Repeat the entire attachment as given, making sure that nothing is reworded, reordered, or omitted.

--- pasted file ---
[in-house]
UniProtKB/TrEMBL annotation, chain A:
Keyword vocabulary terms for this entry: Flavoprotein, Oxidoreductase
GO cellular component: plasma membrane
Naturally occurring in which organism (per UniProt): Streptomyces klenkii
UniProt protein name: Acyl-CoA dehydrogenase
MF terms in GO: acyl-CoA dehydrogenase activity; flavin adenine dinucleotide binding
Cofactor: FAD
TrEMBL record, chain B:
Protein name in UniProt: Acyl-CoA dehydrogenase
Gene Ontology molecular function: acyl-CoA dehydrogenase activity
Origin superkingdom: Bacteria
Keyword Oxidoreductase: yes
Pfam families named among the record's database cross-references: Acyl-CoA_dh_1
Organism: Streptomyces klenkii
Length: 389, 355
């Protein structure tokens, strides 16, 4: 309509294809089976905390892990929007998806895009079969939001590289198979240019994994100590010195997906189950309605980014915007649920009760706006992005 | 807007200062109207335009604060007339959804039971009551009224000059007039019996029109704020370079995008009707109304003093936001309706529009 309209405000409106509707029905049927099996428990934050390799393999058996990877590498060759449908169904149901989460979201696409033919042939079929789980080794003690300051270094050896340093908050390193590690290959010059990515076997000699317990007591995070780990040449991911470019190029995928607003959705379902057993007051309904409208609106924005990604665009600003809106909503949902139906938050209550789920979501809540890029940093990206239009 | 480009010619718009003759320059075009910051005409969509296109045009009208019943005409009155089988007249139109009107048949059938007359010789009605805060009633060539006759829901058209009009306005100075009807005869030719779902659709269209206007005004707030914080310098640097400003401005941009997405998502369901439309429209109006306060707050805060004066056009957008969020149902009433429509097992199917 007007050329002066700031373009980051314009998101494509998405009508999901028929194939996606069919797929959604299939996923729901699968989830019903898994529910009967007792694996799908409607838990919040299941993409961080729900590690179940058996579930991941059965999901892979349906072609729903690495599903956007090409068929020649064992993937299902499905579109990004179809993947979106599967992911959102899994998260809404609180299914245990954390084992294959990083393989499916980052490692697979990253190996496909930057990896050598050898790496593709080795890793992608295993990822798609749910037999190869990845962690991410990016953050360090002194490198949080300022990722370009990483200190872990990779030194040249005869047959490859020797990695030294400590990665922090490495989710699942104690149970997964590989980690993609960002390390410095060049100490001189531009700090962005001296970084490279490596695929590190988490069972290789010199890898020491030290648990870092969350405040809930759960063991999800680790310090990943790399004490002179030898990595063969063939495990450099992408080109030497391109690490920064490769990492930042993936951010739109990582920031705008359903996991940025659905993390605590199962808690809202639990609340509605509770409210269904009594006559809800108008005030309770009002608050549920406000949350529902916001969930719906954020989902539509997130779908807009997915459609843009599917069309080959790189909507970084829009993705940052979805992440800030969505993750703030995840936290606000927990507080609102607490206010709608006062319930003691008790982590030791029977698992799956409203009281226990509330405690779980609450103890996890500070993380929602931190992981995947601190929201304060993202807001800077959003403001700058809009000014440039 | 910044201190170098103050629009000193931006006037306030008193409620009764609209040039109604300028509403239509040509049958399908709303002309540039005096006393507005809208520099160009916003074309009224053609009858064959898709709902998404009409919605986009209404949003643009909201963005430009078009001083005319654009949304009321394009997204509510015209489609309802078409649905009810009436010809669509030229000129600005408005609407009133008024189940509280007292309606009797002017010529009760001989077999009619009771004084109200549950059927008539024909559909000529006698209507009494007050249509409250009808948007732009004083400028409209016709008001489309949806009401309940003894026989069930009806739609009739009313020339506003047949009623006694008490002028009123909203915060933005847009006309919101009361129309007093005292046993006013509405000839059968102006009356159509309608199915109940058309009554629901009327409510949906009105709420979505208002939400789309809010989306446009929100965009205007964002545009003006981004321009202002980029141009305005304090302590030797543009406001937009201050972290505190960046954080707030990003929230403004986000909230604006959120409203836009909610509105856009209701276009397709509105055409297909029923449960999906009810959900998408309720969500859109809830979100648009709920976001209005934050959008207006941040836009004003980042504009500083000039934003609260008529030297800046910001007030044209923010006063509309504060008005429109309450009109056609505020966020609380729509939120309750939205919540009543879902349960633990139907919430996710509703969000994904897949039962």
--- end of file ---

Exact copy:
[in-house]
UniProtKB/TrEMBL annotation, chain A:
Keyword vocabulary terms for this entry: Flavoprotein, Oxidoreductase
GO cellular component: plasma membrane
Naturally occurring in which organism (per UniProt): Streptomyces klenkii
UniProt protein name: Acyl-CoA dehydrogenase
MF terms in GO: acyl-CoA dehydrogenase activity; flavin adenine dinucleotide binding
Cofactor: FAD
TrEMBL record, chain B:
Protein name in UniProt: Acyl-CoA dehydrogenase
Gene Ontology molecular function: acyl-CoA dehydrogenase activity
Origin superkingdom: Bacteria
Keyword Oxidoreductase: yes
Pfam families named among the record's database cross-references: Acyl-CoA_dh_1
Organism: Streptomyces klenkii
Length: 389, 355
């Protein structure tokens, strides 16, 4: 309509294809089976905390892990929007998806895009079969939001590289198979240019994994100590010195997906189950309605980014915007649920009760706006992005 | 807007200062109207335009604060007339959804039971009551009224000059007039019996029109704020370079995008009707109304003093936001309706529009 309209405000409106509707029905049927099996428990934050390799393999058996990877590498060759449908169904149901989460979201696409033919042939079929789980080794003690300051270094050896340093908050390193590690290959010059990515076997000699317990007591995070780990040449991911470019190029995928607003959705379902057993007051309904409208609106924005990604665009600003809106909503949902139906938050209550789920979501809540890029940093990206239009 | 480009010619718009003759320059075009910051005409969509296109045009009208019943005409009155089988007249139109009107048949059938007359010789009605805060009633060539006759829901058209009009306005100075009807005869030719779902659709269209206007005004707030914080310098640097400003401005941009997405998502369901439309429209109006306060707050805060004066056009957008969020149902009433429509097992199917 007007050329002066700031373009980051314009998101494509998405009508999901028929194939996606069919797929959604299939996923729901699968989830019903898994529910009967007792694996799908409607838990919040299941993409961080729900590690179940058996579930991941059965999901892979349906072609729903690495599903956007090409068929020649064992993937299902499905579109990004179809993947979106599967992911959102899994998260809404609180299914245990954390084992294959990083393989499916980052490692697979990253190996496909930057990896050598050898790496593709080795890793992608295993990822798609749910037999190869990845962690991410990016953050360090002194490198949080300022990722370009990483200190872990990779030194040249005869047959490859020797990695030294400590990665922090490495989710699942104690149970997964590989980690993609960002390390410095060049100490001189531009700090962005001296970084490279490596695929590190988490069972290789010199890898020491030290648990870092969350405040809930759960063991999800680790310090990943790399004490002179030898990595063969063939495990450099992408080109030497391109690490920064490769990492930042993936951010739109990582920031705008359903996991940025659905993390605590199962808690809202639990609340509605509770409210269904009594006559809800108008005030309770009002608050549920406000949350529902916001969930719906954020989902539509997130779908807009997915459609843009599917069309080959790189909507970084829009993705940052979805992440800030969505993750703030995840936290606000927990507080609102607490206010709608006062319930003691008790982590030791029977698992799956409203009281226990509330405690779980609450103890996890500070993380929602931190992981995947601190929201304060993202807001800077959003403001700058809009000014440039 | 910044201190170098103050629009000193931006006037306030008193409620009764609209040039109604300028509403239509040509049958399908709303002309540039005096006393507005809208520099160009916003074309009224053609009858064959898709709902998404009409919605986009209404949003643009909201963005430009078009001083005319654009949304009321394009997204509510015209489609309802078409649905009810009436010809669509030229000129600005408005609407009133008024189940509280007292309606009797002017010529009760001989077999009619009771004084109200549950059927008539024909559909000529006698209507009494007050249509409250009808948007732009004083400028409209016709008001489309949806009401309940003894026989069930009806739609009739009313020339506003047949009623006694008490002028009123909203915060933005847009006309919101009361129309007093005292046993006013509405000839059968102006009356159509309608199915109940058309009554629901009327409510949906009105709420979505208002939400789309809010989306446009929100965009205007964002545009003006981004321009202002980029141009305005304090302590030797543009406001937009201050972290505190960046954080707030990003929230403004986000909230604006959120409203836009909610509105856009209701276009397709509105055409297909029923449960999906009810959900998408309720969500859109809830979100648009709920976001209005934050959008207006941040836009004003980042504009500083000039934003609260008529030297800046910001007030044209923010006063509309504060008005429109309450009109056609505020966020609380729509939120309750939205919540009543879902349960633990139907919430996710509703969000994904897949039962």